Author Topic: Two simple questions  (Read 3806 times)

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Offline wobblycogs

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Two simple questions
« on: October 08, 2013, 02:31:25 pm »
Hi,

I'm just starting out with my first electronics project: building a simple 70V linear power supply. I've got a couple of questions though...

Question 1...

I'm planning on using one of these http://uk.rs-online.com/web/p/bridge-rectifiers/6296320/ bridge rectifiers and feeding it 48Vac (I don't need exactly 70V just something close). The spec states that the forward voltage is 1.1V but I'm not clear if that is per diode or total? I had assumed that it was per diode for a total drop of 2.2V but someone (that I thought was very knowledgeable) has told me that it's 1.1V total. I'm calculating the expected output voltage like this:

Vout = Vin * SQRT(2) + Vdrop = 48 * 1.414 + 2.2 = 66Vdc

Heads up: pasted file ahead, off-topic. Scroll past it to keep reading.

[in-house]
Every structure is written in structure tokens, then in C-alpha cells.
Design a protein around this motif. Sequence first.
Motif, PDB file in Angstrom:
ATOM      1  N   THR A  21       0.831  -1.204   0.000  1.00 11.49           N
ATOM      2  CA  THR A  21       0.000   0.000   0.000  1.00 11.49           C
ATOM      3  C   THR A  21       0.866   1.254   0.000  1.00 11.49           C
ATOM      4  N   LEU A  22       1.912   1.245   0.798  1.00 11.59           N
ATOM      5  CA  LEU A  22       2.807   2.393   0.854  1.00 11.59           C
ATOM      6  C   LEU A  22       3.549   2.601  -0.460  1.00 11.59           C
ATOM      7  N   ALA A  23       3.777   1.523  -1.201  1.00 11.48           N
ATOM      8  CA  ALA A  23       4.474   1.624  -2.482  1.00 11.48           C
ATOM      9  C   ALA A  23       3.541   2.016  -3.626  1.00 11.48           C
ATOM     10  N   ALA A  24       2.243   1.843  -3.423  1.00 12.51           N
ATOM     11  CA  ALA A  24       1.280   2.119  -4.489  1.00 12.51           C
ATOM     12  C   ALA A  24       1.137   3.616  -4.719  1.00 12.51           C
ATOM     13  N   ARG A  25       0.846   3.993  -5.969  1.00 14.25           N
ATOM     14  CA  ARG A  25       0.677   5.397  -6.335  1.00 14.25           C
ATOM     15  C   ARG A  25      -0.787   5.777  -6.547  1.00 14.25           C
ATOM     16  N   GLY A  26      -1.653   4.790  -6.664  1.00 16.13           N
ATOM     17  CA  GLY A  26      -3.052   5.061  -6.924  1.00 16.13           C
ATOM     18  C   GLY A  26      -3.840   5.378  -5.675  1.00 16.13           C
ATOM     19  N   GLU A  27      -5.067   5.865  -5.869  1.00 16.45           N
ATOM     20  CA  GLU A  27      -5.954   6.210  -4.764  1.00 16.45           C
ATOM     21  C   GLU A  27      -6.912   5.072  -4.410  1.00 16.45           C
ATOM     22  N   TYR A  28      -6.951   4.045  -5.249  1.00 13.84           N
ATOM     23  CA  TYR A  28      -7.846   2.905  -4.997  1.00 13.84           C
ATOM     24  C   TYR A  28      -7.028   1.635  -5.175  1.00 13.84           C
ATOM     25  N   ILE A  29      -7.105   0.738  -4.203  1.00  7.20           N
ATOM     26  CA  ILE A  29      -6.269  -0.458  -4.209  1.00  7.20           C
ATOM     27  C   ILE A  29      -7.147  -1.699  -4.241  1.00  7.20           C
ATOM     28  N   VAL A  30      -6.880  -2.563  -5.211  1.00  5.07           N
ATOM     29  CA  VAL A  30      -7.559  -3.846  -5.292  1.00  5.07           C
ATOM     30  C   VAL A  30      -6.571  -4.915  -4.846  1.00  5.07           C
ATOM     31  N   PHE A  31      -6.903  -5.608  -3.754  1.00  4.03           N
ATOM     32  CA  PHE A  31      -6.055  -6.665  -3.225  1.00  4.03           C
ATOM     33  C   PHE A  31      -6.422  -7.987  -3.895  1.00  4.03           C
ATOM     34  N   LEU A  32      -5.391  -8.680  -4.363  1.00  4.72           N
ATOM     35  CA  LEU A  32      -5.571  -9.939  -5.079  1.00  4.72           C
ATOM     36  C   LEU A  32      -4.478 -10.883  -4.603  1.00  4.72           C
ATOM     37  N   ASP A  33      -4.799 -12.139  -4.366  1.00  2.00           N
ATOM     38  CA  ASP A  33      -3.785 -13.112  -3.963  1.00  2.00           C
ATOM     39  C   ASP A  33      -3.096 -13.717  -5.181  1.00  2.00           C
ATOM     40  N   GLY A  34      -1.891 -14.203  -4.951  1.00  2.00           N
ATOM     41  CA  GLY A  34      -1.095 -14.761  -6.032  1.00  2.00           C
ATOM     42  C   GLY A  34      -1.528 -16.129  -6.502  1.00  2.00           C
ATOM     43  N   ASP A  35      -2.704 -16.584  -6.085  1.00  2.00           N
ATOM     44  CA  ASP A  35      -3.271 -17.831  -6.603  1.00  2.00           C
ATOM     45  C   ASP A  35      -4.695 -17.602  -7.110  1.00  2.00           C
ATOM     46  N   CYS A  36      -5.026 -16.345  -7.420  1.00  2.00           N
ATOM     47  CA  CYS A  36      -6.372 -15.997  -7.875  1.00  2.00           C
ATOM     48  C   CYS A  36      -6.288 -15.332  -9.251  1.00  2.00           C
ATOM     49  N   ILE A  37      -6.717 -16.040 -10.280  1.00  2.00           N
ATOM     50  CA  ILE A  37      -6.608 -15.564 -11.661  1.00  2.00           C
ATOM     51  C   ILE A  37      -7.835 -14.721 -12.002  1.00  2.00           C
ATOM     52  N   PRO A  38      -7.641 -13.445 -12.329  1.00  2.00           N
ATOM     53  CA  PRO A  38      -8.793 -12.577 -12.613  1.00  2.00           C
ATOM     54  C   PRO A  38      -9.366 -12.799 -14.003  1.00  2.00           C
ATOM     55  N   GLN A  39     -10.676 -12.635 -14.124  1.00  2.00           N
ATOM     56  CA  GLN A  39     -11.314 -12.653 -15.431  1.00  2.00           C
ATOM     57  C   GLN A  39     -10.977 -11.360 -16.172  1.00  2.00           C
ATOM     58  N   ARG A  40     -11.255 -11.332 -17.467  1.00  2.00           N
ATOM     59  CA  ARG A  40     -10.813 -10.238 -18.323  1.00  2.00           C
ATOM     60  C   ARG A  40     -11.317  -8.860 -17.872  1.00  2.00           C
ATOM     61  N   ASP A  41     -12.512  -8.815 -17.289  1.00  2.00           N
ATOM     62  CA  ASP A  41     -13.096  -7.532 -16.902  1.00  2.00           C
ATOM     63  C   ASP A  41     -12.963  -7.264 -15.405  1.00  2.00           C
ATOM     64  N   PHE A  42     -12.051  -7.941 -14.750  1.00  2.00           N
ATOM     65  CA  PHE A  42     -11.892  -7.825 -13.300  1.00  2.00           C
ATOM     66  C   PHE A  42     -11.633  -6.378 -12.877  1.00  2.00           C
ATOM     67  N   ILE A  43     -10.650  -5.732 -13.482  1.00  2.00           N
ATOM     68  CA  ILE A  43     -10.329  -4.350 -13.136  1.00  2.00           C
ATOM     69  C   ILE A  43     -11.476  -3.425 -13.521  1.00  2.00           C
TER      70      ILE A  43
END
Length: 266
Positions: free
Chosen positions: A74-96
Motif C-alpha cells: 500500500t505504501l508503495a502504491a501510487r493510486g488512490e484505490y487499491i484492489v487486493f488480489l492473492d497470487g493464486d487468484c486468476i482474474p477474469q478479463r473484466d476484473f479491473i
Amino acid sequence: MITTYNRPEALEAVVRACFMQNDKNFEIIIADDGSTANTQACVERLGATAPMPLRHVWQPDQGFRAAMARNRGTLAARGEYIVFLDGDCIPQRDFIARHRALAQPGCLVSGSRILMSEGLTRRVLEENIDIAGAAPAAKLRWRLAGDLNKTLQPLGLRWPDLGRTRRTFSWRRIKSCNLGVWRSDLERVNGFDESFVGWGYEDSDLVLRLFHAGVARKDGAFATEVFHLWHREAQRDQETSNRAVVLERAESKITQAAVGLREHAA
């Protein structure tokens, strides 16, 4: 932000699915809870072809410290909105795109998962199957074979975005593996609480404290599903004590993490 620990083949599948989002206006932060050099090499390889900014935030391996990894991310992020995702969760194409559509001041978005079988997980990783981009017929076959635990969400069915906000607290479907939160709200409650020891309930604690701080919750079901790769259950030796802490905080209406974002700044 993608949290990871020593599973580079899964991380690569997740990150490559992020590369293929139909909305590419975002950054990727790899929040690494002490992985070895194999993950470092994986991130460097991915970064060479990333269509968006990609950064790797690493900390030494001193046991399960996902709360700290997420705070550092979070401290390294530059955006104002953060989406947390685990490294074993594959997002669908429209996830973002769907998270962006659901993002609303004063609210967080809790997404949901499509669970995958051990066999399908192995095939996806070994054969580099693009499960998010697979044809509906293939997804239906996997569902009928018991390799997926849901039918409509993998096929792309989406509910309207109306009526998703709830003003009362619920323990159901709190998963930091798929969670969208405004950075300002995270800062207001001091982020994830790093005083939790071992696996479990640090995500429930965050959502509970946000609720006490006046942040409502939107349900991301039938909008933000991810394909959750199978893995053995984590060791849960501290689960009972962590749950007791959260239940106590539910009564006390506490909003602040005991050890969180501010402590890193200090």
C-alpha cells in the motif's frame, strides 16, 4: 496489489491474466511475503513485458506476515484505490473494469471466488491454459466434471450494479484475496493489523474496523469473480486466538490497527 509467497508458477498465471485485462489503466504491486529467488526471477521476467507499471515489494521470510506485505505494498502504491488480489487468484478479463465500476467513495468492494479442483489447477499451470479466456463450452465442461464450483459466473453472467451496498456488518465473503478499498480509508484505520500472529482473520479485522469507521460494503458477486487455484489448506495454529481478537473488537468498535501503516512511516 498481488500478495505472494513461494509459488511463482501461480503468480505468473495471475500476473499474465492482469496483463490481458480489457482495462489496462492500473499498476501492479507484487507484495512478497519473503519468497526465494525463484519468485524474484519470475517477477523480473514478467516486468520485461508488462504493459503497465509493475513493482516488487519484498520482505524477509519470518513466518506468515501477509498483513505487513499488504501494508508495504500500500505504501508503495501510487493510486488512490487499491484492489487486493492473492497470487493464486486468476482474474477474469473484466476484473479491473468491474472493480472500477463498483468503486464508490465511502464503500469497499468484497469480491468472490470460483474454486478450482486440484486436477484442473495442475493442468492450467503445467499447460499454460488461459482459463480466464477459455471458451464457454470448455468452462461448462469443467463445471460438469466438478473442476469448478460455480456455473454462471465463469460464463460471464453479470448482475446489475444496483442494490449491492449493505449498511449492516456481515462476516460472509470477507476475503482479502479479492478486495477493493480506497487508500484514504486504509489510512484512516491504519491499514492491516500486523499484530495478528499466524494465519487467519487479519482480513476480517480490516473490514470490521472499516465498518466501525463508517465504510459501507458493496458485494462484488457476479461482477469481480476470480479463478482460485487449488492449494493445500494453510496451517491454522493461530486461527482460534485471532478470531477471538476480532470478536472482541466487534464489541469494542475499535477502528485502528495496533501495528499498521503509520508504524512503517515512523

For the application I'll be using the power supply for it doesn't make any difference but I'd like to make sure I'm reading the spec sheet correctly.

Question 2...

I'd like to include an LED just after the rectifier to indicate that the secondary 70Vdc side is live. I've done the calculation for an LED and resistor in series and for a typical blue LED it comes up with a 3k9 resistor @ 1.6W. I'd rather not be dumping 1.6W of heat into my power supply if possible especially as I already have about 4W from bleed resistors for the smoothing capacitors. Are there any simple and efficient ways to power an LED indicator in this situation?

Cheers.
 

Offline c4757p

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Re: Two simple questions
« Reply #1 on: October 08, 2013, 02:37:56 pm »
I would assume it's per diode, since that seems reasonable for a PN diode at 35A. You're not going to get 0.55V per diode at that current without using Schottky diodes.

As for the LED, you could find some lower voltage point in your circuit and use that (doesn't the control circuitry require a lower rail?). Anywhere you have about 5mA flowing is a candidate to power the LED. Alternately, put a neon lamp (with resistor!) across the primary.